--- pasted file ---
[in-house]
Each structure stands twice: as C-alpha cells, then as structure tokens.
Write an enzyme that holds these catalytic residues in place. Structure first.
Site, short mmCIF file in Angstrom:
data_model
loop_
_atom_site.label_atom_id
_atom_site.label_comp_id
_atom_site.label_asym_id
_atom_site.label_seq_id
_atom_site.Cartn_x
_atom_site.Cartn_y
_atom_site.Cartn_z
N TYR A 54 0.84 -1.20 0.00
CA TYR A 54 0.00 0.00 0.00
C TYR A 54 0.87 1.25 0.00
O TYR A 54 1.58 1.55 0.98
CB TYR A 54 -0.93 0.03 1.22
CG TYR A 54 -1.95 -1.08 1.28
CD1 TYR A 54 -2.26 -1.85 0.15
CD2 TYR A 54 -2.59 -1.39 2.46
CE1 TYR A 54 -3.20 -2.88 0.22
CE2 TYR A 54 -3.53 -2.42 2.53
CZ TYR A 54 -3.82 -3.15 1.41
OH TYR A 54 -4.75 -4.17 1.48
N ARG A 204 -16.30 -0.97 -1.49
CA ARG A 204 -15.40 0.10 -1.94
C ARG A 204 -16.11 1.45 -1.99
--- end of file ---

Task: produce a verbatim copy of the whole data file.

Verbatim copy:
[in-house]
Each structure stands twice: as C-alpha cells, then as structure tokens.
Write an enzyme that holds these catalytic residues in place. Structure first.
Site, short mmCIF file in Angstrom:
data_model
loop_
_atom_site.label_atom_id
_atom_site.label_comp_id
_atom_site.label_asym_id
_atom_site.label_seq_id
_atom_site.Cartn_x
_atom_site.Cartn_y
_atom_site.Cartn_z
N TYR A 54 0.84 -1.20 0.00
CA TYR A 54 0.00 0.00 0.00
C TYR A 54 0.87 1.25 0.00
O TYR A 54 1.58 1.55 0.98
CB TYR A 54 -0.93 0.03 1.22
CG TYR A 54 -1.95 -1.08 1.28
CD1 TYR A 54 -2.26 -1.85 0.15
CD2 TYR A 54 -2.59 -1.39 2.46
CE1 TYR A 54 -3.20 -2.88 0.22
CE2 TYR A 54 -3.53 -2.42 2.53
CZ TYR A 54 -3.82 -3.15 1.41
OH TYR A 54 -4.75 -4.17 1.48
N ARG A 204 -16.30 -0.97 -1.49
CA ARG A 204 -15.40 0.10 -1.94
C ARG A 204 -16.11 1.45 -1.99